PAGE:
Sent: Monday, April 29, 2013 12:45 PM
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Subject: NYC DOE - PRESS RELEASE - SCHOOLS CHANCELLOR WALCOTT AND CITY COUNCIL SPEAKER QUINN ANNOUNCE PILOT PROGRAM TO EXTEND SCHOOL DAY & EXPANSION OF MIDDLE SCHOOL QUALITY INITIATIVE
SCHOOLS CHANCELLOR WALCOTT AND CITY COUNCIL SPEAKER QUINN ANNOUNCE PILOT PROGRAM TO EXTEND SCHOOL DAY & EXPANSION OF MIDDLE SCHOOL QUALITY INITIATIVE
12,000 Additional Students Across 40 Schools Will Benefit From $6.2 Million Expansion
20 Schools Will Participate in an Innovative Model Combining Extended Day With Additional Reading Tutoring
Schools Chancellor Dennis M. Walcott and City Council Speaker Christine C. Quinn announced today an expansion of the Middle School Quality Initiative (MSQI), a comprehensive program that focuses on strengthening literacy instruction in all middle school grades. As a part of the program’s expansion, city officials also announced a new pilot program in 20 of the schools that will use an innovative model to extend the school day and offer intense literacy training for high needs middle school students. Chancellor Walcott and Speaker Quinn were joined at the Urban Institute of Mathematics in the Bronx by Council Members James Vacca and Annabel Palma, DOE Chief Academic Officer Shael Polakow-Suransky, Robin Hood Foundation Chief Program Officer Michael Weinstein, the President of The After School Corporation (TASC) Lucy Friedman and Harvard Ed Labs Chief Academic Officer Meghan Howard.
In 2007, the City Council convened a task force that included academics, unions, the DOE, parents, CBOs, and former principals to produce the Middle School Task Force Report. This report was adapted into the Blueprint for Middle School Success, which the DOE currently uses. The current Middle School Quality Initiative grew out of that work and is still overseen by the Task Force. Introduced in 2011 with 18 schools, MSQI has deepened instruction in grades 6-8, and currently works with 49 schools across the city. School leaders, teachers, and networks receive professional development on Common Core-aligned literacy strategies and promising practices. MSQI schools also receive targeted funding for literacy-focused training and instructional materials. This fall, 40 additional schools will take part in the initiative – bringing the total number of MSQI participating schools to 89. By year three, the expansion will benefit approximately 12,000 additional students.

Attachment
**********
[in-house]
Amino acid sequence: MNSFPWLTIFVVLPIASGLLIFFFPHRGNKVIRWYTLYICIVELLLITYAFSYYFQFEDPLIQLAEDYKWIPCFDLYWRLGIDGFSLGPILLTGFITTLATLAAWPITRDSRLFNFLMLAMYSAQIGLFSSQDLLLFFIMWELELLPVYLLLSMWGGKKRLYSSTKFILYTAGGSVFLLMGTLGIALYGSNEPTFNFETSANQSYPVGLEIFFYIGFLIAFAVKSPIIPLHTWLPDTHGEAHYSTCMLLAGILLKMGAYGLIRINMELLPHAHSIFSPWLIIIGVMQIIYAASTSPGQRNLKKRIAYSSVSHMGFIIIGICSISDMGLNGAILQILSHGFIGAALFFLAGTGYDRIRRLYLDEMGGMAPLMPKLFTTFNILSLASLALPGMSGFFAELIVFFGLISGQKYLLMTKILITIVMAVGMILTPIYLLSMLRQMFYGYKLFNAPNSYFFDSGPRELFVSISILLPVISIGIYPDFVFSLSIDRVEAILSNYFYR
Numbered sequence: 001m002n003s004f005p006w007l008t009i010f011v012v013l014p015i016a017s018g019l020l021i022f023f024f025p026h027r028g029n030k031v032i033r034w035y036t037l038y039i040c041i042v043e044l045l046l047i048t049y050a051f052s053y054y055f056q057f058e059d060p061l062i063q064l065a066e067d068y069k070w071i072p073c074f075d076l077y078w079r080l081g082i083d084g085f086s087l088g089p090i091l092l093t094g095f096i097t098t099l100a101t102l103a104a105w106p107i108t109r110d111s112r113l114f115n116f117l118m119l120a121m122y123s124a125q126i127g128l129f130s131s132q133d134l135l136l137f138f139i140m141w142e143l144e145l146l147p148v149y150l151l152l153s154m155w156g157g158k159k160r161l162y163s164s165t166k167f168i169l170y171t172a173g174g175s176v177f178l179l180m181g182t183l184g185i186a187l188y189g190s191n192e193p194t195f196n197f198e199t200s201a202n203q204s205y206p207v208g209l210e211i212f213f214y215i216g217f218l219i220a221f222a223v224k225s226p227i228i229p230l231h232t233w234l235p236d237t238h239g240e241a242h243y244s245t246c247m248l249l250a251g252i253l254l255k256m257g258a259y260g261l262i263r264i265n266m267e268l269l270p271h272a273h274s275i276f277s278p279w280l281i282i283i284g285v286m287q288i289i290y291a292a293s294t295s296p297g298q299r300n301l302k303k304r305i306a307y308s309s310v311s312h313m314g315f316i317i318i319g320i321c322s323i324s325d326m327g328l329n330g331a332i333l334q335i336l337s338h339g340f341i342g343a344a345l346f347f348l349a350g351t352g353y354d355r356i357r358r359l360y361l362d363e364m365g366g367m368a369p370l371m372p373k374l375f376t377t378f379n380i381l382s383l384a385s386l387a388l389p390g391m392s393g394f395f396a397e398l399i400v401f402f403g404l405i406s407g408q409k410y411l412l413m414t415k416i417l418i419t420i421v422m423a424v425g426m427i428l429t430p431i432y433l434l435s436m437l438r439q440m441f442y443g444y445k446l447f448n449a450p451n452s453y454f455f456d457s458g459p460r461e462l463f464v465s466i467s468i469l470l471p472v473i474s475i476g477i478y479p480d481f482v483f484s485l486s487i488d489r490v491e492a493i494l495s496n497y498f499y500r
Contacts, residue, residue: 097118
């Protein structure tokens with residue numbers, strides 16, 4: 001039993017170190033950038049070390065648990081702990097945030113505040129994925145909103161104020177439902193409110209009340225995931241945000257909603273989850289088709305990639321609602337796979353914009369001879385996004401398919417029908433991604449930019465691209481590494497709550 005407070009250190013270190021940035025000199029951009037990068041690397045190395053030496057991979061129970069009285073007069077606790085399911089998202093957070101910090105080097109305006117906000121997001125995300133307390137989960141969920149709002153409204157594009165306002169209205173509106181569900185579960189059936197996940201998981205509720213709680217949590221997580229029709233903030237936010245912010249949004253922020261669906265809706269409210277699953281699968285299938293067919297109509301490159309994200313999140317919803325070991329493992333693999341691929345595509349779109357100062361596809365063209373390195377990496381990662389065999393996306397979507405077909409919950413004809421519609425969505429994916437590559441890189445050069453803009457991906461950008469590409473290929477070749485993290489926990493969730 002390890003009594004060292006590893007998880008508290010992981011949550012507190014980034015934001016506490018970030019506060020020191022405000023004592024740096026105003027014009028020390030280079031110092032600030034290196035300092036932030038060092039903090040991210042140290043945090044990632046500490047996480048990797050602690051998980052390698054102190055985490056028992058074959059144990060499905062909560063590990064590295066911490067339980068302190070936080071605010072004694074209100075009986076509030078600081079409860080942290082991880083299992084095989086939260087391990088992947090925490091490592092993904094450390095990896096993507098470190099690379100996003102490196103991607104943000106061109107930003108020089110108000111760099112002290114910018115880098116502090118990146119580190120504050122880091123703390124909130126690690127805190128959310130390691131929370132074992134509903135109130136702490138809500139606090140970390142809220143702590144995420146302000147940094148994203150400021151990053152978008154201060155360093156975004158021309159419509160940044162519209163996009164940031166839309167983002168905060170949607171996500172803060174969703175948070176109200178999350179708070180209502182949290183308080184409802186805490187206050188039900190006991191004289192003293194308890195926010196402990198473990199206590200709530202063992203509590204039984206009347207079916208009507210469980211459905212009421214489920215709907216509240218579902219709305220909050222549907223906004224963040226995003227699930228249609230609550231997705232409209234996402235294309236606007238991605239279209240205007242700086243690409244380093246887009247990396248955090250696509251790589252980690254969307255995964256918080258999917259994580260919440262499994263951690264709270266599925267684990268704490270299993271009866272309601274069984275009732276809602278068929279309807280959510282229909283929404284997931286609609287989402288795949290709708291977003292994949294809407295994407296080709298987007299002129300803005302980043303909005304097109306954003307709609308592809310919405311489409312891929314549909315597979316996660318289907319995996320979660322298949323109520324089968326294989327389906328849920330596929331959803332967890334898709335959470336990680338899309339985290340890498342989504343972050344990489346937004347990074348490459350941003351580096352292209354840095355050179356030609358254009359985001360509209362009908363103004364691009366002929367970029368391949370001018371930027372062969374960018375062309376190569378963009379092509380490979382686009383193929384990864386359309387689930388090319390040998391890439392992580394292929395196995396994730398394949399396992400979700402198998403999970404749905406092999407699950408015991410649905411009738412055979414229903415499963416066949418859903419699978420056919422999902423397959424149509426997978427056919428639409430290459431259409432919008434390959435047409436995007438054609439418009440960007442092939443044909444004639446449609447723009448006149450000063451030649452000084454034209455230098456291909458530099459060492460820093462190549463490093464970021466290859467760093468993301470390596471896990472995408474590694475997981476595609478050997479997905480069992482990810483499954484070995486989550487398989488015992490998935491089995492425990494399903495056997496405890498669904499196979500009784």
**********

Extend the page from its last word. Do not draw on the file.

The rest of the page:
Most significantly, the expansion of MSQI will provide the opportunity to develop a new model for accelerating middle grade students’ progress toward meeting Common Core literacy standards. Through a partnership with The After School Corporation (TASC) and the Education Innovation Laboratory at Harvard University (EdLabs), participating middle schools will be able to offer their students an additional twelve hours per week of literacy-focused support embedded within an engaging, high-interest extended learning day. This model could play an important role in our City's progress toward ensuring that all graduating 8th graders leave middle school securely on the pathway to college and career success.
MSQI’s expansion next year is made possible through $4.65 million in grants provided by Robin Hood and the New York City Council, with the help of other funders. The New York Department of Education is also contributing $1.55 million dollars to the expansion.
This year alone, MSQI facilitated over 78 days of professional development and supported more than 400 educators. The initial results of the program are promising – and for the students who need it most: On nationally-normed assessments of reading comprehension, students who attend schools participating in MSQI are on track to exceed the average annual growth of middle school students nationwide. Further, evidence shows that students who severely struggled with reading demonstrated 1.5 grade levels of progress between February and June of 2012. These severely at-risk students reaped the greatest gains due to MSQI efforts, substantially exceeding the annual benchmarks set for their peers nationwide.
Of the 40-school MSQI expansion, 20 of those schools will participate in TASC/EdLabs’ innovative learning model. TASC will work with community-based organizations across the city to offer students high-dosage reading tutoring and an array of learning activities aligned with students' interests and affinities through an extended school day. An estimated 2,000 students per year over the next three years will participate in this component of the program. EdLabs will work with the Department to design the reading tutoring model, and will also evaluate the project and identify effective practices that can be shared across middle schools citywide and beyond. The 20 schools, which have not yet been identified, will be randomly selected from among a pool of applicants. The program, like MSQI as a whole, will be targeted at middle schools across the City that serve high-needs students.
By the end of next school year, MSQI will have served approximately 27,000 students total. The Department hopes to build on the early success of the program and see even greater gains for students participating in the new extended day and reading tutoring components of the program.